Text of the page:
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Midwifery. 2017 Jan;44:41-47. doi: 10.1016/j.midw.2016.11.005. Epub 2016 Nov 21.

'Stress, anger, fear and injustice': An international qualitative survey of women's experiences planning a vaginal breech birth.

Author information

1
Centre for Midwifery, Child and Family Health, Faculty of Health, University of Technology Sydney, Level 7, 235 Jones St, Ultimo NSW 2007 (PO Box 123), Sydney, Australia. Electronic address: Karolina.Petrovska@student.uts.edu.au.
2
Centre for Midwifery, Child and Family Health, Faculty of Health, University of Technology Sydney, Level 7, 235 Jones St, Ultimo NSW 2007 (PO Box 123), Sydney, Australia.
3
Centre for Midwifery, Child and Family Health, Faculty of Health, University of Technology Sydney, Level 7, 235 Jones St, Ultimo NSW 2007 (PO Box 123), Sydney, Australia; Royal Hospital for Women, Barker St, Randwick, NSW 2031, Australia.

Abstract

OBJECTIVE:

the outcomes of the Term Breech Trial had a profound impact on women's options for breech birth, with caesarean section now seen as the default method for managing breech birth by many clinicians. Despite this, the demand for planned vaginal breech birth from women does exist. This study aimed to examine the experiences of women who sought a vaginal breech birth to increase understanding as to how to care for women seeking this birth option.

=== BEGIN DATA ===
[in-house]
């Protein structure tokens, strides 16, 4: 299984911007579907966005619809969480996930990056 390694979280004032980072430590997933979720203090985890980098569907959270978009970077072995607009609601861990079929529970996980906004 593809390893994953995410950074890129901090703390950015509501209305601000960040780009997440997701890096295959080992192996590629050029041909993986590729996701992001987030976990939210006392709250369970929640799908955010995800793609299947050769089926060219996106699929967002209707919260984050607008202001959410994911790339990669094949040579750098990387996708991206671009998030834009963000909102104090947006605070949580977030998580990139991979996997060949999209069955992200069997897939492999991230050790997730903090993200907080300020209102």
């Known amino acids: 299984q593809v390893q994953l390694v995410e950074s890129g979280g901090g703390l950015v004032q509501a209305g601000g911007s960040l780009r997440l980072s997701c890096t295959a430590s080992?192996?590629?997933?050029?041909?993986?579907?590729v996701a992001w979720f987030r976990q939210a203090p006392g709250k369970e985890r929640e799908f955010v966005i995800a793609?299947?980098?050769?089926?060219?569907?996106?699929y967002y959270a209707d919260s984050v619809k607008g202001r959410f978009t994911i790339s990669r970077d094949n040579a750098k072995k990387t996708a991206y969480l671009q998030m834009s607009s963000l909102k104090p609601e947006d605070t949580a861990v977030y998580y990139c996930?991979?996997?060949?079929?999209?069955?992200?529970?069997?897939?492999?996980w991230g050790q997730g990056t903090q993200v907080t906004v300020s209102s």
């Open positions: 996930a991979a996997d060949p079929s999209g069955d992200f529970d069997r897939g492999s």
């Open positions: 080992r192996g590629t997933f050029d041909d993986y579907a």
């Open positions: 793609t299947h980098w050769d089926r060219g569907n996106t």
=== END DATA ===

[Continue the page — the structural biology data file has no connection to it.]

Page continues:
DESIGN:

an electronic survey was distributed to women online via social media. The survey consisted of qualitative and quantitative questions, with the qualitative data being the focus of this paper. Open ended questions sought information on the ways in which woman sourced a clinician skilled in vaginal breech birth and the level of support and quality of information provided from clinicians regarding vaginal breech birth. Thematic analysis was used to analyse and code the qualitative data into major themes.

FINDINGS:

in total, 204 women from over seven countries responded to the survey. Written responses to the open ended questions were categorised into seven themes: Seeking the chance to try for a VBB; Encountering coercion and fear; Putting the birth before the baby?; Dealing with emotional wounds; Searching for information and support; Traveling across boundaries; Overcoming obstacles in the system.

KEY CONCLUSIONS:

for women seeking vaginal breech birth, limited system and clinical support can impede access to balanced information and options for care. Recognition of existing evidence on the safety of vaginal breech birth, as well as the presence of clinical guidelines that support it, may assist in promoting vaginal breech birth as a legitimate option that should be available to women.

KEYWORDS:

Decision-making; Support; Vaginal breech birth; Women's experiences

PMID:
27889682
DOI:
10.1016/j.midw.2016.11.005
[Indexed for MEDLINE]

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